3. Obergefell v. Hodges (the Supreme Court’s ruling on same-sex marriage) – Justice Anthony Kennedy
“From their beginning to their most recent page, the annals of human history reveal the transcendent importance of marriage. Marriage is sacred to those who live by their religions and offers unique fulfilment to those who find meaning in the secular realm. Its dynamic allows two people to find a life that could not be found alone, for a marriage becomes greater than just the two persons.
Rising from the most basic human needs, marriage is essential to our most profound hopes and aspirations. The centrality of marriage to the human condition makes it unsurprising that the institution has existed for millennia and across civilizations. Since the dawn of history, marriage has transformed strangers into relatives, binding families and societies together.
No union is more profound than marriage, for it embodies the highest ideals of love, fidelity, devotion, sacrifice, and family. In forming a marital union, two people become something greater than once they were.”
4. 17 Scientific Romance by Tim Pratt
If starship travel from our
Earth to some far
star and back again
at velocities approaching the speed
of light made you younger than me
due to the relativistic effects
of time dilation,
I’d show up on your doorstep hoping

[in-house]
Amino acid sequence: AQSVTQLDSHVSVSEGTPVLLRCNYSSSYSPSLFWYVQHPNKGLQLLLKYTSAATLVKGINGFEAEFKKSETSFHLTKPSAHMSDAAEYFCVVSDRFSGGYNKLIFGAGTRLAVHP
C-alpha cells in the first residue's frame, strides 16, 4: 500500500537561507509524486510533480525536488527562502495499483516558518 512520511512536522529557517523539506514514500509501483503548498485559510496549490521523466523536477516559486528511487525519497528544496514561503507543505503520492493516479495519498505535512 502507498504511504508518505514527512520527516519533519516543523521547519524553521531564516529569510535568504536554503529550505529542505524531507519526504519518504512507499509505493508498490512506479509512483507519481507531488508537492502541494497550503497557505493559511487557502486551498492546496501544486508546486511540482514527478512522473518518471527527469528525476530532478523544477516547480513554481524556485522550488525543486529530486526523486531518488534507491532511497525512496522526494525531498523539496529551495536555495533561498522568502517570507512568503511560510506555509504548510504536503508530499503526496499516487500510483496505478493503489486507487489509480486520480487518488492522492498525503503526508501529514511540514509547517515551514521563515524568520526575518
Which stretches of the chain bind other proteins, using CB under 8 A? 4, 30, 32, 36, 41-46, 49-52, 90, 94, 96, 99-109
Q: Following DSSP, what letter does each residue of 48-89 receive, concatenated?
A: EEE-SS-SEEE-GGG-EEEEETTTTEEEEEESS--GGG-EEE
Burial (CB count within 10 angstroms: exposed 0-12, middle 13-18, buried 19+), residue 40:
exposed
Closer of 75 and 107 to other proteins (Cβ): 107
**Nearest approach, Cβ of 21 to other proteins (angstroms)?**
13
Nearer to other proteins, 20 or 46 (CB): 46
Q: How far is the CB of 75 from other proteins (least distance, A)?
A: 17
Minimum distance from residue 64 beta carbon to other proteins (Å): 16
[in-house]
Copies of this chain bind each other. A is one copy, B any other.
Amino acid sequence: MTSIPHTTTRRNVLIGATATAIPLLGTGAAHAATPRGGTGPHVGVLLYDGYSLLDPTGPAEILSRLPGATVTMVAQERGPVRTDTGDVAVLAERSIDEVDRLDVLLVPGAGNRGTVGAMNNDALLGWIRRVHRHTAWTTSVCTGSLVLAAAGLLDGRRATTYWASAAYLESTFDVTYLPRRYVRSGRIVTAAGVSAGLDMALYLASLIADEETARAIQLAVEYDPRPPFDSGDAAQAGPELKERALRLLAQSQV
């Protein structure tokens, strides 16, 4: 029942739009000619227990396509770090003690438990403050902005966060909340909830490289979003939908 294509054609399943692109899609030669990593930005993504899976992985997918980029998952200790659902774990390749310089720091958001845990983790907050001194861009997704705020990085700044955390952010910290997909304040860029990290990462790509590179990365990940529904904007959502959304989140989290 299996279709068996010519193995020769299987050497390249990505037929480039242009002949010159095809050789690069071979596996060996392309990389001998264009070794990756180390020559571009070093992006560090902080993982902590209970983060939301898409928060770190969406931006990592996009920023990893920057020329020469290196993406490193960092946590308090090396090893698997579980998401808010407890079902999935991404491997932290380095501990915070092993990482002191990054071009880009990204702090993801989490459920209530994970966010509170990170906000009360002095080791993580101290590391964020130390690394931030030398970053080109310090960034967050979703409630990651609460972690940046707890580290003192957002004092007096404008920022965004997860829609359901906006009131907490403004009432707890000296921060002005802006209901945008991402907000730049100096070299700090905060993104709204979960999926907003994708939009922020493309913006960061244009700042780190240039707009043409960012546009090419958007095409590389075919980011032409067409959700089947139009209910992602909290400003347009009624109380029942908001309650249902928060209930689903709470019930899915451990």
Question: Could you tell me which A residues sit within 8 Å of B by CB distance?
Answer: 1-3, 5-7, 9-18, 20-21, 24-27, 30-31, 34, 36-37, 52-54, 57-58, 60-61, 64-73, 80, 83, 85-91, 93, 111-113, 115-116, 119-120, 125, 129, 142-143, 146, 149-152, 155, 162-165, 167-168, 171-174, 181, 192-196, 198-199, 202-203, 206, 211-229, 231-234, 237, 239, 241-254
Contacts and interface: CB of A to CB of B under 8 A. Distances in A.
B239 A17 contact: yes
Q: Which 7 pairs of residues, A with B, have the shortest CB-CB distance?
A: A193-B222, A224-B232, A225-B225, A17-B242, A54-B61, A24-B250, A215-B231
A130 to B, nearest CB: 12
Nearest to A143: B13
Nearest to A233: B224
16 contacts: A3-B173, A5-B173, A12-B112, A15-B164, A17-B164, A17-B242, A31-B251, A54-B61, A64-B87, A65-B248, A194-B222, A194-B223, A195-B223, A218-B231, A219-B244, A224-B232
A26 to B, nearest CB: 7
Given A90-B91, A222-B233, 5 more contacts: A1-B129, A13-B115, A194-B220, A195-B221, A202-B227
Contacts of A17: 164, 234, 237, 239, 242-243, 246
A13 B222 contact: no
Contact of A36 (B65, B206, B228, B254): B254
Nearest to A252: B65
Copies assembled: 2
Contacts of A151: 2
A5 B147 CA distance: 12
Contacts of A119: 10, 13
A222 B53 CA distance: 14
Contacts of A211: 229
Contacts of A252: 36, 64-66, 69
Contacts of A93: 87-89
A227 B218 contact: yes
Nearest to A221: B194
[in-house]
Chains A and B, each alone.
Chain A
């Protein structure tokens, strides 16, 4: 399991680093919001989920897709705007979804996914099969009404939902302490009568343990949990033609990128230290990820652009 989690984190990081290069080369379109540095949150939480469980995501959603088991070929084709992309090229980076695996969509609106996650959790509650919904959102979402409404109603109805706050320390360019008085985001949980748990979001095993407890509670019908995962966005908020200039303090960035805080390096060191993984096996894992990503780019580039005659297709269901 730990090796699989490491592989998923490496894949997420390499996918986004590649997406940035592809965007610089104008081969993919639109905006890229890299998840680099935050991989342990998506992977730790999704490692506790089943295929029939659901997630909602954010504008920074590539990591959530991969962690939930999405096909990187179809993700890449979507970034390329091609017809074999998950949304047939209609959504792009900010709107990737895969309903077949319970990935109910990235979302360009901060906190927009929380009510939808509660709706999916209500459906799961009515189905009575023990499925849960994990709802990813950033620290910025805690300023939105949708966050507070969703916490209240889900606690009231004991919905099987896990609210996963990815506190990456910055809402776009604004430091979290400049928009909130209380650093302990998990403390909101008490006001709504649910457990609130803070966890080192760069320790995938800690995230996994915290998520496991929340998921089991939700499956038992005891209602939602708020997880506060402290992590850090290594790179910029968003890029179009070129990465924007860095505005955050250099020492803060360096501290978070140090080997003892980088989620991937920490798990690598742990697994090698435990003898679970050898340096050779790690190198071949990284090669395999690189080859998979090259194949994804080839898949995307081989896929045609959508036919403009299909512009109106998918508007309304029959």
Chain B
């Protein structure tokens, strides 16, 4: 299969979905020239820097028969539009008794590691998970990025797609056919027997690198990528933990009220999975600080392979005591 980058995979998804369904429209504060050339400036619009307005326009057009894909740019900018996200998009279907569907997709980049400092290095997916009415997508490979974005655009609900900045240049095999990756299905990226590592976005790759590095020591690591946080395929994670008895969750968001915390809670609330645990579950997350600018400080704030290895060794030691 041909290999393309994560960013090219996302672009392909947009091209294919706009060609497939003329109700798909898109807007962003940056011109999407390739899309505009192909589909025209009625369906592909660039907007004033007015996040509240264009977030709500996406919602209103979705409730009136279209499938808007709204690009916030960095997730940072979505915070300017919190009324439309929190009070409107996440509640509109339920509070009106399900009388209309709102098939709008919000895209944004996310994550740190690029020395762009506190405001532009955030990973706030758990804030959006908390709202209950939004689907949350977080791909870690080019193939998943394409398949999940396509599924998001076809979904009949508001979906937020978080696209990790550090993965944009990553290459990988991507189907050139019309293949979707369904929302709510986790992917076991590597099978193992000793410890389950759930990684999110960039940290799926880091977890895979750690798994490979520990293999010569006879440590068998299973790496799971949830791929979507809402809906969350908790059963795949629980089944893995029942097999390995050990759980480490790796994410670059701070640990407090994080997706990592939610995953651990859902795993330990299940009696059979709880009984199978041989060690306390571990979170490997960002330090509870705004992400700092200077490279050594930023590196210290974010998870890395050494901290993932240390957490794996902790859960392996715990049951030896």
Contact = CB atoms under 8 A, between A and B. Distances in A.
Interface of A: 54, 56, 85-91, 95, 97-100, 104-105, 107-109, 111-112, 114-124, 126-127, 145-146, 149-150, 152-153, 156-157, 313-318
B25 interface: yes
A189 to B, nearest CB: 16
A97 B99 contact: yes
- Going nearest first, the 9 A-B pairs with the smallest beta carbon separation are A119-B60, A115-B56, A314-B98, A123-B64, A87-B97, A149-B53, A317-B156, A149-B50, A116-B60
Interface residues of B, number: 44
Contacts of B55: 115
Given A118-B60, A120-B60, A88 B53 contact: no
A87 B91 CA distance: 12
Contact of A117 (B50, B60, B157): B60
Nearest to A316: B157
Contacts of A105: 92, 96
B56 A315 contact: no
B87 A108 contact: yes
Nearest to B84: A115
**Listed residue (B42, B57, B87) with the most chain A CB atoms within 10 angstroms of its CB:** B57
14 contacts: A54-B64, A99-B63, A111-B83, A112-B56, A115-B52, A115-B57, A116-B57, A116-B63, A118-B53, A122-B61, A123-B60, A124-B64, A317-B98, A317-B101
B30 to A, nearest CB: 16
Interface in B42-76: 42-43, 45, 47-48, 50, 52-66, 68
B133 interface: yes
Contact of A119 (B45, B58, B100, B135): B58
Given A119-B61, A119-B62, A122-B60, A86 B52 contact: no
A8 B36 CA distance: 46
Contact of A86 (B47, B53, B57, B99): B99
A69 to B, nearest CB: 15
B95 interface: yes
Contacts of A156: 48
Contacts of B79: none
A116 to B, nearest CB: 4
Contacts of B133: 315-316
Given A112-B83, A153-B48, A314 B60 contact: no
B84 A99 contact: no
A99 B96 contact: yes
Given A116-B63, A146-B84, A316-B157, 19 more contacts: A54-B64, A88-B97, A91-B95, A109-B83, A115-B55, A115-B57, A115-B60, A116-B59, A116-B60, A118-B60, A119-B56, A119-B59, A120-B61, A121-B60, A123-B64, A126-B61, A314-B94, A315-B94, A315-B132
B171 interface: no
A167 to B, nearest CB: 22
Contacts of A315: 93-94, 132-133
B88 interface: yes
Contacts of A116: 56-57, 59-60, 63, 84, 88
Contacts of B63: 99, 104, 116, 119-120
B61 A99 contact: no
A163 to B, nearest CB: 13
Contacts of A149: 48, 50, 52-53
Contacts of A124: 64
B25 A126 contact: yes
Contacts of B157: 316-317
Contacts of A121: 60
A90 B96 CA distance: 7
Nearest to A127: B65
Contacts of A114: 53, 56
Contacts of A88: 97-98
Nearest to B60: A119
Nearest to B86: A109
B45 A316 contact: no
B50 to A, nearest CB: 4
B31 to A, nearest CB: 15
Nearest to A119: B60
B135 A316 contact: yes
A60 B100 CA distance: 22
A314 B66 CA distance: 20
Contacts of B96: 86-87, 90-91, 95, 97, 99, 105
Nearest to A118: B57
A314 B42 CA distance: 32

you’d developed a thing for older men,
and I’d ask you to show me everything you
learned to pass the time
out there in the endless void
If we were the sole survivors
of a zombie apocalypse
and you were bitten and transformed
into a walking corpse
I wouldn’t even pick up my
I’d just let you take a bite
out of me, because I’d rather be
than alive alone
If I had a time machine, I’d go back
to the days of your youth
to see how you became the someone
I love so much today, and then
I’d return to the moment we first met
just so I could see my own face
when I saw your face
for the first time,
I’d probably travel to the time
when we were a young couple
and try to get a three-way
going. I never understood
why more time travelers don’t do
that sort of thing.
If the alien invaders come
and hover in stern judgment
over our cities, trying to decide
whether to invite us to the Galactic
Federation of Confederated
Galaxies or if instead